Fortune 500 companies are spending millions of dollars annually on HR information technology (HRIT)—technology that not only automates HR processes and improves talent acquisition and performance management, but also includes the adaptation of social media, analytics and other new tech trends, experts say. But do companies know what they’re paying for, and are they making full use of it? IT spend has been “a black hole” for HR for close to 10 years, with many HR professionals complaining that they aren’t given enough time or money to take advantage of advances in the field, said Gerry Ledford, senior research scientist for The Center for Effective Organizations, speaking during a March 17, 2014, webinar.
“The price tag is enormous,” Ledford said. “Technology has to be the biggest spend in the HR department, except for payroll. And in some companies, it’s bigger than payroll. So [for all this money], what do we get? Inquiring minds would like to know.”
The costly new components—software-as-a-service (SAAS), human capital management (HCM) applications, analytics and social media—are shaping the future of HRIT.
HRIS in the Cloud
SAAS and using the cloud are gaining momentum as the business model of choice for several IT functions such as office applications, e-mail and shared file systems. In its latest technology study, Computer Weekly reported that 44 percent of IT decision-makers said they would consider using SAAS in 2014.
Forrester analyst James Staten told Computer Weekly that in 2014 cloud technologies and services will “likely become the de facto standard for buying new applications.”
Ledford said the switch from onsite applications to the cloud has serious implications for HR, including a change in its relationship with the IT department since maintenance and upgrade duties are now the purview of the cloud-system vendor. With the vendor solely focused on the integrity of its product and its performance, HR has more of a working dialogue with the vendor and is less dependent on IT.
What’s more, new software may increase HR’s standing in the organization.
“As we get more-comprehensive, more-standardized, more-powerful software in place, one possibility is that these centers of excellence, which design [the software]—or at least make the choices of what software will be implemented—will become more prominent,” Ledford said. “The role of business partner changes from helping to interpret how processes really work to figuring [out] how to make sure people are using the software correctly.”
Integration of HRIS and HCM
With the increased focus on human capital management in recent years, many enterprise resource planning vendors have developed or purchased HCM services. SAP’s recent acquisition of Fieldglass, a global cloud technology leader in contingent workforce management, and of SuccessFactors in 2011, plus the creation of Fusion and Workday, illustrates the race among vendors to offer companies the perfect information management solutions for their HCM needs.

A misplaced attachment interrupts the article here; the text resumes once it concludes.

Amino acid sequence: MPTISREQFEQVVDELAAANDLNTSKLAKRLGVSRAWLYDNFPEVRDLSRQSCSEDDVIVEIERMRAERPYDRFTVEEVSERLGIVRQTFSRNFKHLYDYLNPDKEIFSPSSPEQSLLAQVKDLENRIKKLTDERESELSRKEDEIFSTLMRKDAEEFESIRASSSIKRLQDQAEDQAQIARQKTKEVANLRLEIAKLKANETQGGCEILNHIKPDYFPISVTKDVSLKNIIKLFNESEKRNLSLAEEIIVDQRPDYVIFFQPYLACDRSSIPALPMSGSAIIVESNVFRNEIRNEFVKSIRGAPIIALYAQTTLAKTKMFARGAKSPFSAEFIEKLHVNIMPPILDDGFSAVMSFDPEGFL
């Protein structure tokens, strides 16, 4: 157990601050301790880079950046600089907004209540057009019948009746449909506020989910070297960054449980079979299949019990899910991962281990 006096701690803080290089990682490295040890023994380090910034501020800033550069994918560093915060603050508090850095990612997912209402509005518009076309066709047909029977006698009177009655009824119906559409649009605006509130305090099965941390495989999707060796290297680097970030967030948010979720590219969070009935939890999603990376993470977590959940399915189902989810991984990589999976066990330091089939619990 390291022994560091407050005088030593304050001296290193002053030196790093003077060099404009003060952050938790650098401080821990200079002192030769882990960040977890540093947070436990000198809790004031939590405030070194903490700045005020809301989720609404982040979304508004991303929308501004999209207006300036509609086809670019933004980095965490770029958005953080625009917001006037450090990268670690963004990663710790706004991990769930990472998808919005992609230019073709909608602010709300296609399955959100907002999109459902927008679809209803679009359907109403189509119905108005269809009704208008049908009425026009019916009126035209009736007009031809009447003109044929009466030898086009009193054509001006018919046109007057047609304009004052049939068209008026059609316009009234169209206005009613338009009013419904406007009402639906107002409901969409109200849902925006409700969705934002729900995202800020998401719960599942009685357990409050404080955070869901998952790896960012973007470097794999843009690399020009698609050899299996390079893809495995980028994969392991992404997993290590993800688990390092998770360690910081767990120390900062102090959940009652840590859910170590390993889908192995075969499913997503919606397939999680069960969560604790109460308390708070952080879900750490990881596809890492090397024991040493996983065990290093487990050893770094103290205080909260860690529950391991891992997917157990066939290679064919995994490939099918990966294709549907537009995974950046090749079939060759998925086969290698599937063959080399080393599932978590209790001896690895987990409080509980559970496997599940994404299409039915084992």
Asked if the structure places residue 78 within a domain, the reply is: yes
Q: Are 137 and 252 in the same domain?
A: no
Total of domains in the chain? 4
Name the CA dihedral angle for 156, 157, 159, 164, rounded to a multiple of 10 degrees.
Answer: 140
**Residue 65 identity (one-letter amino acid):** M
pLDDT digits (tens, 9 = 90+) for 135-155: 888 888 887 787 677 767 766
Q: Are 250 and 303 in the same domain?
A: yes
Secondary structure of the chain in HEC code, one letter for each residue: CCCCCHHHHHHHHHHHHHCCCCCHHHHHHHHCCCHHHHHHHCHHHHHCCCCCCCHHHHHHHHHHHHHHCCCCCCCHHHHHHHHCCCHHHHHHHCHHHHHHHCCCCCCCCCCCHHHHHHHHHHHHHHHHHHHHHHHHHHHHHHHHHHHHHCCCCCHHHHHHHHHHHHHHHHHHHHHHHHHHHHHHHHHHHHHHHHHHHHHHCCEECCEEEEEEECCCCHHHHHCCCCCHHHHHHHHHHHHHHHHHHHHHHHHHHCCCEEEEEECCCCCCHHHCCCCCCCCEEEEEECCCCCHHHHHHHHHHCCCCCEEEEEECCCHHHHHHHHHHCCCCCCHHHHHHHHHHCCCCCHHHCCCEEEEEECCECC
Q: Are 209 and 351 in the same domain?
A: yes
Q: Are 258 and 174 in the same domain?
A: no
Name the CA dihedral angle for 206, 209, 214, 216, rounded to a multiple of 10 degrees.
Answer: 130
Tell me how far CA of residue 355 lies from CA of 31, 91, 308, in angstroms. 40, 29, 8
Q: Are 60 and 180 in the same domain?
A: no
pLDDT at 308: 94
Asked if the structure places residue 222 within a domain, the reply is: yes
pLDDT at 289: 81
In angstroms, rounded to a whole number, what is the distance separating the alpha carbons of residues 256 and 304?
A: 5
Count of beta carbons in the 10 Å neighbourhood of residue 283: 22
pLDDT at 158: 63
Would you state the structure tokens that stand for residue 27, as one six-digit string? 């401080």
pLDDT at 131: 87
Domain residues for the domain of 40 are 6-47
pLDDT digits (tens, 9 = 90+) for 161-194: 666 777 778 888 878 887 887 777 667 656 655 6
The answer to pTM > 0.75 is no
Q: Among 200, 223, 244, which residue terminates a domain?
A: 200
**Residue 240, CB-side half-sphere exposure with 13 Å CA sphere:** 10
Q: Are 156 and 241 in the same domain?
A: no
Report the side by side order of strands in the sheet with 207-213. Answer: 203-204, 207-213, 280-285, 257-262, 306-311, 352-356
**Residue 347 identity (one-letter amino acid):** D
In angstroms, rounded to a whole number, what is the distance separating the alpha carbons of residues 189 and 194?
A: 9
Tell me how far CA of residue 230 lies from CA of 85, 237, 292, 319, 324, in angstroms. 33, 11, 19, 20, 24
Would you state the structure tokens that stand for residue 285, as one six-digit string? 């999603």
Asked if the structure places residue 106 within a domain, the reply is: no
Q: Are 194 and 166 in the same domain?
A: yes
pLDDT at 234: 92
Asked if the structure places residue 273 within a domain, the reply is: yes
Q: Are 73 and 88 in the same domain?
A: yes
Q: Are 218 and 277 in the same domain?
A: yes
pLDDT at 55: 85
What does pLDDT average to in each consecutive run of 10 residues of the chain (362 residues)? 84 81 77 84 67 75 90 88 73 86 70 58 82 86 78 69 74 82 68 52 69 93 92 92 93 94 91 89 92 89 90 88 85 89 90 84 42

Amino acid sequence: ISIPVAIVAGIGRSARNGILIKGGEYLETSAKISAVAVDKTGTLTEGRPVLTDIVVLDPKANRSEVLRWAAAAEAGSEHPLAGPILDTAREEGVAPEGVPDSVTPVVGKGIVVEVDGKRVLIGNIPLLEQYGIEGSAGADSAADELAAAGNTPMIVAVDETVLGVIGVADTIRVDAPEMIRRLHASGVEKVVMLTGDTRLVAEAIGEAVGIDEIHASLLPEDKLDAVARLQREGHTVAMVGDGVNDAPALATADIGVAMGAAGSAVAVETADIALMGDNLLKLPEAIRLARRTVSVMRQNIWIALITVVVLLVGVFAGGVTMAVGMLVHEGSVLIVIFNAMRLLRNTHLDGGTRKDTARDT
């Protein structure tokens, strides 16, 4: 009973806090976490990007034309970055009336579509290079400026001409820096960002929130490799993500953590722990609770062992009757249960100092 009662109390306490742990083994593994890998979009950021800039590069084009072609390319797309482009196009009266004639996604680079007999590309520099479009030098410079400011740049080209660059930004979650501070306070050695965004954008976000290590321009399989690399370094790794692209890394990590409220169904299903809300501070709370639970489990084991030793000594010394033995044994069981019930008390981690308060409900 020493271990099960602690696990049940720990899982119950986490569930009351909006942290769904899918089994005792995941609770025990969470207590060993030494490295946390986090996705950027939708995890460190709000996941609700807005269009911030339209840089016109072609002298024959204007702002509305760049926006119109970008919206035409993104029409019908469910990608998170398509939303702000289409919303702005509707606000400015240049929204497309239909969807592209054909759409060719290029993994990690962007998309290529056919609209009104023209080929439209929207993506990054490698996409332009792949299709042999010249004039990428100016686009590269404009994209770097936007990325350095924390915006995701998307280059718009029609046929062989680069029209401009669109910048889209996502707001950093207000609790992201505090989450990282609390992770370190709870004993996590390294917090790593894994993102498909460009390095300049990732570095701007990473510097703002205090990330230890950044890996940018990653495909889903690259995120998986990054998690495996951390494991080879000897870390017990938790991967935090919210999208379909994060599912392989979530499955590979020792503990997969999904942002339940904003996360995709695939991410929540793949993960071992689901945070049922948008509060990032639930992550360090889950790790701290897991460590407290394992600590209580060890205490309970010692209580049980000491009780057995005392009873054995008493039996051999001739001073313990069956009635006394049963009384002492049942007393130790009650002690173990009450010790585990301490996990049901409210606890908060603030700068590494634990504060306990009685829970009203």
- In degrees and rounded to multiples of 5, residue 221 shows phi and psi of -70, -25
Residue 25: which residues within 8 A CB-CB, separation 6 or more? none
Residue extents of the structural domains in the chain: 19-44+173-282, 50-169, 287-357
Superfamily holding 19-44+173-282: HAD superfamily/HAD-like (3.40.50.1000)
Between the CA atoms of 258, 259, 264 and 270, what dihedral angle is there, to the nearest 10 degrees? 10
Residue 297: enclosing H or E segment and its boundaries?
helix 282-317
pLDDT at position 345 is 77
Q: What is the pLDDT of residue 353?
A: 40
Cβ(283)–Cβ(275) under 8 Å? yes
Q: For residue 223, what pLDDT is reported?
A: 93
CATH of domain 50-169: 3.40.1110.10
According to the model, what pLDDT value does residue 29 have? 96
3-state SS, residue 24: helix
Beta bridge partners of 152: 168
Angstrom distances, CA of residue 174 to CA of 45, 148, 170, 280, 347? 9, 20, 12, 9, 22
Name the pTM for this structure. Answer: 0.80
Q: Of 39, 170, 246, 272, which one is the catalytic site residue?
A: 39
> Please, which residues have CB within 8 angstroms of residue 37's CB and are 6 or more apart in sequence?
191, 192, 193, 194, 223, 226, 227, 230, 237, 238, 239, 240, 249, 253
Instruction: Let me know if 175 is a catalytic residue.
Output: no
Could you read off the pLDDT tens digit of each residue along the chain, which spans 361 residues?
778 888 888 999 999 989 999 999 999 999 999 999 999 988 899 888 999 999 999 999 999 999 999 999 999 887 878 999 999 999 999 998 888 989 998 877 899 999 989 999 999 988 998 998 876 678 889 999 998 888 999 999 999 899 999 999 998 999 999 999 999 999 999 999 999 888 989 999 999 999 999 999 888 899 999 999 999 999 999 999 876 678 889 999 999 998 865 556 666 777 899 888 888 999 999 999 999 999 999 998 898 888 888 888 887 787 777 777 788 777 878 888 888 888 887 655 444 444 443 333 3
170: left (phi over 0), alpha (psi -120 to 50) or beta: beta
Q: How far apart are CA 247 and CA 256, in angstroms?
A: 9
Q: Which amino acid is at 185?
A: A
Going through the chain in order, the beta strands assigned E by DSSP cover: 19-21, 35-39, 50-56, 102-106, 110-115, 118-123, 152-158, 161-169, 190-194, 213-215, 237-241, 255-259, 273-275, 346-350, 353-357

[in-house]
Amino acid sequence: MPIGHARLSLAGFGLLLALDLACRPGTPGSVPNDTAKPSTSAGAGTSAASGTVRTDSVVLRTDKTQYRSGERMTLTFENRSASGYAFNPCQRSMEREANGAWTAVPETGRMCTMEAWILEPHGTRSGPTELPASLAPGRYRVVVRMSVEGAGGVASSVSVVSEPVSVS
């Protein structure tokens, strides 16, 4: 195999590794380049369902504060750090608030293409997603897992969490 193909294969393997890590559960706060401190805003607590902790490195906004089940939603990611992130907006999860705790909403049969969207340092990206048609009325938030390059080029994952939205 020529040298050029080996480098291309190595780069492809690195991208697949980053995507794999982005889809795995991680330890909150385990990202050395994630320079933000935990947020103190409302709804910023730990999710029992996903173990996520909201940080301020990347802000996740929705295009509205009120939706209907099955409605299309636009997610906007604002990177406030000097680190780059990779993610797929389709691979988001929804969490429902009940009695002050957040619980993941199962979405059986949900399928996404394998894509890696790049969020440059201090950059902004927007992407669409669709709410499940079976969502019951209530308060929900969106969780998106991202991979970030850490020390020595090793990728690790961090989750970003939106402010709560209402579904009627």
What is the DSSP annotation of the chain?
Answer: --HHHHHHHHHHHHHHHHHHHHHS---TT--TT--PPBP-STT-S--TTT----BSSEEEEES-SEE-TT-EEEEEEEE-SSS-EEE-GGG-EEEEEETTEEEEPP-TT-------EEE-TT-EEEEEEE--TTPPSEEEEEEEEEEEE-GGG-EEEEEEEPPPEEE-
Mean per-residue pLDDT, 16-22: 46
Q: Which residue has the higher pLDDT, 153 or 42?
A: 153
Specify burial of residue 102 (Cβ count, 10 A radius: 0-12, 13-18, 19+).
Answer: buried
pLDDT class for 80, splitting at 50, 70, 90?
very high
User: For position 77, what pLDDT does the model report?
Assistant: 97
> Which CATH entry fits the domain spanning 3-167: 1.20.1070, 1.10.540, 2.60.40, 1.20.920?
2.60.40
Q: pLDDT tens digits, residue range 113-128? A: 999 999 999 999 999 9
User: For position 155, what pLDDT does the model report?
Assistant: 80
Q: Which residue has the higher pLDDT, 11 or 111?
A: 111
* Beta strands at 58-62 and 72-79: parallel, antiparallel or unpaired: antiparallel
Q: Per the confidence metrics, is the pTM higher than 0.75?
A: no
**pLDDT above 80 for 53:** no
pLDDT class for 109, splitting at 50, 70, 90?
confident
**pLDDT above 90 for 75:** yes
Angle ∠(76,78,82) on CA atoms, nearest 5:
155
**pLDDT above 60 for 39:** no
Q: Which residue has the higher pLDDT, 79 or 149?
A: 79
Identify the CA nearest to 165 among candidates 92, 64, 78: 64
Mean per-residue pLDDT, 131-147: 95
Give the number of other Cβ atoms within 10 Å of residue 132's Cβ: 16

Ledford stated that, in time, the individuality of these software packages will disappear and the integration of HRIS and HCM into one cohesive process will be the standard business model.
Integration of Analytics
Analytics, once a stand-alone package, is now integrated into all HRIT. Crunching the numbers to the smallest common denominator in order to provide infinitesimal amounts of “business intelligence” has given vendors another carrot to dangle in front of clients looking for a competitive edge.
During the webinar, Ledford said vendors are striving to stand out from the pack by offering packages that service the “niches,” which businesses, small and large, are becoming aware of via the proliferation of social media.
Social Media at Work
Research shows that the biggest penetration of social media into the business sector has been in the role of talent acquisition and internal communication. Jobvite’s annual social recruiting survey released in 2013 shows that recruitment via social media was used by 94 percent of respondents. Jobvite also reported that hires recruited through social media tend to stay on the job an average of three years longer.
As a result, more and more vendors are integrating social media into their HRIT packages. Globoforce, for example, now offers crowd-sourced performance management packages. Experts say performance management may be the next frontier in HRIT as the industry continues exploring all the ways social media can change the business culture of the 21st century.
Leonard Webb is a freelance writer in Wyncote, Pa.
To read the original article on shrm.org, please click here.